The dhatupatha of Aṣṭādhyāyī by Pāṇini defines the root medha as synergizing the energy to perform something fruitfull. Naramedha simply means dedicating life for a spiritual or social cause.Rajasuya
Rajasuya (Imperial Sacrifice or the king's inauguration sacrifice) is a Śrauta ritual of the Vedic religion. It is a consecration of a king.Shakha
A shakha (Sanskrit śākhā, "branch" or "limb"), is a Hindu theological school that specializes in learning certain Vedic texts, or else the traditional texts followed by such a school. An individual follower of a particular school or recension is called a śākhin. The term is also used in Hindu philosophy to refer to an adherent of a particular orthodox system.A related term caraṇa, ("conduct of life" or "behavior") is also used to refer to such a Vedic school: "although the words caraṇa and śākhā are sometimes used synonymously, yet caraṇa properly applies to the sect or collection of persons united in one school, and śākhā to the traditional text followed, as in the phrase śākhām adhite, ("he recites a particular version of the Veda")". The schools have different points of view, described as "difference of (Vedic) school" (śākhābhedaḥ). Each school would learn a specific Vedic Saṃhita (one of the "four Vedas" properly so-called), as well as its associated Brahmana, Aranyakas, Shrautasutras, Grhyasutras and Upanishads.In traditional Hindu society affiliation with a specific school is an important aspect of class identity. By the end of the Rig Vedic period the term Brāhmaṇa had come to be applied to all members of the priestly class, but there were subdivisions within this order based both on caste and on the shakha (branch) with which they were affiliated. A Brāhmaṇa who changed school would be called "a defector of his śākhā" (śākhāraṇḍaḥ).Shulba Sutras
The Shulba Sutras or Śulbasūtras (Sanskrit śulba: "string, cord, rope") are sutra texts belonging to the Śrauta ritual and containing geometry related to fire-altar construction.Upakarma
Upākarma "Beginning" (Sanskrit: उपाकर्म), also called Āvaṇi Aviṭṭam (Tamil: ஆவணி அவிட்டம்) and Janivārada Huṇṇime (Kannada: ಜನಿವಾರದ ಹುಣ್ಣಿಮೆ),Gamha Purnima (Odia: ଗହ୍ମା ପୂର୍ଣିମା), is a Vedic ritual practiced by Hindus of the Vishwakarma Brahmin caste. This ritual is also practiced by the Kshatriya and Vaishya community, who are dvijas and therefore have the rights to do Sandhyavandanam, the daily ablution ritual.
Upākarma is conducted once a year during the shravana or Dhaniṣṭhā nakṣatra of the Hindu calendrical month Śrāvana, when Brahmins ritually change their upanayana thread accompanied by relevant śrauta rituals, making śrāddha offerings to the rishis, whom Hindus believe composed the Vedic hymns. The day, also called Śrāvana Pūrnima "Full Moon of Śrāvana" in other parts of India, usually occurs the day after the Śravana nákṣatra, which also marks the Onam festival of Kerala.
On the following day, usually coinciding with the Raksha Bandhan festival in Northern and Central India, the Gayatri Mantra is recited 1008 times.
Brahmins belonging to the Samaveda do not perform upakarma rituals or change their thread on this day but rather on Bhādrapada tritiya, the third day of the month Bhādrapada with Hastaa nakshatra. Shukla Yajurvedic Brahmins of North India and Odisha do upakarma the previous day if the full moon spans two days.Vedic period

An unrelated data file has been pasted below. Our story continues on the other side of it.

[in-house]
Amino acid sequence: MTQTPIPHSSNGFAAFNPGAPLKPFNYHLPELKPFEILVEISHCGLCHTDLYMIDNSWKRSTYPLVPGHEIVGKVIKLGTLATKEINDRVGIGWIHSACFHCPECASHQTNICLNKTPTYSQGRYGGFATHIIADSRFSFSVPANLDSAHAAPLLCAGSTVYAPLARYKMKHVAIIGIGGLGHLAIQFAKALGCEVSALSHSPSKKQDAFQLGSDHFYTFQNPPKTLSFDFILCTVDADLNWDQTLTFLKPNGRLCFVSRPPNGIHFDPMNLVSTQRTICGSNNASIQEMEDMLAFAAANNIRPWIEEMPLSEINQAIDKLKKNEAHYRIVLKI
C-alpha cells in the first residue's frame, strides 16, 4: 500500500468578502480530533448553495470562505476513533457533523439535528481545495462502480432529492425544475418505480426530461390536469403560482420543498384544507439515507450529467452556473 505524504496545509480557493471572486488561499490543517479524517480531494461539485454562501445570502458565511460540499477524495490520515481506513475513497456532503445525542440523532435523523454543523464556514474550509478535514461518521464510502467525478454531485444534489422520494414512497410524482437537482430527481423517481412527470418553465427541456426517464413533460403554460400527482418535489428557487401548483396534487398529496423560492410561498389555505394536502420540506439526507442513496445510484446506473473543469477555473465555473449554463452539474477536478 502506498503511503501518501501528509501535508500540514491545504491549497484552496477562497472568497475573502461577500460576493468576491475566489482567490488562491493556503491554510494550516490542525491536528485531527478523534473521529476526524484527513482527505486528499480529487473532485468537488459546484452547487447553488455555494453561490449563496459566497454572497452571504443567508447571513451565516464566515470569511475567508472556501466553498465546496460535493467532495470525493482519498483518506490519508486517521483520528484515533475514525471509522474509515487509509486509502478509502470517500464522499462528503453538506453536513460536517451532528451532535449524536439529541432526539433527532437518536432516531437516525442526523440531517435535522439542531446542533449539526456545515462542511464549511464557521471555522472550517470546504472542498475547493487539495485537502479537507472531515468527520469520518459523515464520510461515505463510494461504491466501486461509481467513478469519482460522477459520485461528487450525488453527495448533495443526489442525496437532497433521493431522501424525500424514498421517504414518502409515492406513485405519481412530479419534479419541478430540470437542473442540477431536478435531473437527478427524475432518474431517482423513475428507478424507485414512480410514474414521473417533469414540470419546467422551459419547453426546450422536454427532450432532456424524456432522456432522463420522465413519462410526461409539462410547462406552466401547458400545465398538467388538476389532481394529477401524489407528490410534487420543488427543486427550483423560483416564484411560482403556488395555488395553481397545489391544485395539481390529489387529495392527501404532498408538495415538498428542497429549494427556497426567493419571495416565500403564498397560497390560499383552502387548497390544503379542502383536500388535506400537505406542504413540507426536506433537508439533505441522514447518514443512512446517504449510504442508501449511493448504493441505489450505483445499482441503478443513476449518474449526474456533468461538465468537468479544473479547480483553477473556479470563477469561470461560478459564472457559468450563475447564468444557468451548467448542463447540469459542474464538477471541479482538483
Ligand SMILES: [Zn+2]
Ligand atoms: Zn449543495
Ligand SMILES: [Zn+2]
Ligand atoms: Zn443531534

The Vedic period, or Vedic age (c. 1500 – c. 500 BCE), is the period in the history of the northern Indian subcontinent between the end of the urban Indus Valley Civilisation and a second urbanisation which began in the central Indo-Gangetic Plain c. 600 BCE. It gets its name from the Vedas, which are liturgical texts containing details of life during this period that have been interpreted to be historical and constitute the primary sources for understanding the period. These documents, alongside the corresponding archaeological record, allow for the evolution of the Vedic culture to be traced and inferred.The Vedas were composed and orally transmitted with precision by speakers of an Old Indo-Aryan language who had migrated into the northwestern regions of the Indian subcontinent early in this period. The Vedic society was patriarchal and patrilineal. Early Vedic Aryans were a Late Bronze Age society centred in the Punjab, organised into tribes rather than kingdoms, and primarily sustained by a pastoral way of life. Around c. 1200–1000 BCE, Vedic Aryans spread eastward to the fertile western Ganges Plain and adopted iron tools which allowed for clearing of forest and the adoption of a more settled, agricultural way of life. The second half of the Vedic period was characterised by the emergence of towns, kingdoms, and a complex social differentiation distinctive to India, and the Kuru Kingdom's codification of orthodox sacrificial ritual. During this time, the central Ganges Plain was dominated by a related but non-Vedic Indo-Aryan culture. The end of the Vedic period witnessed the rise of true cities and large states (called mahajanapadas) as well as śramaṇa movements (including Jainism and Buddhism) which challenged the Vedic orthodoxy.The Vedic period saw the emergence of a hierarchy of social classes that would remain influential. Vedic religion developed into Brahmanical orthodoxy, and around the beginning of the Common Era, the Vedic tradition formed one of the main constituents of the so-called "Hindu synthesis".Archaeological cultures identified with phases of Vedic material culture include the Ochre Coloured Pottery culture, the Gandhara grave culture, the Black and red ware culture and the Painted Grey Ware culture.Vedic religion
Vedic religion may refer to:
Historical Vedic religion, the religion of the Indo-Aryans of northern India during the Vedic period
Hinduism, which developed out of the merger of Vedic religion with numerous local religious traditions
Śrauta, surviving conservative traditions within Hinduism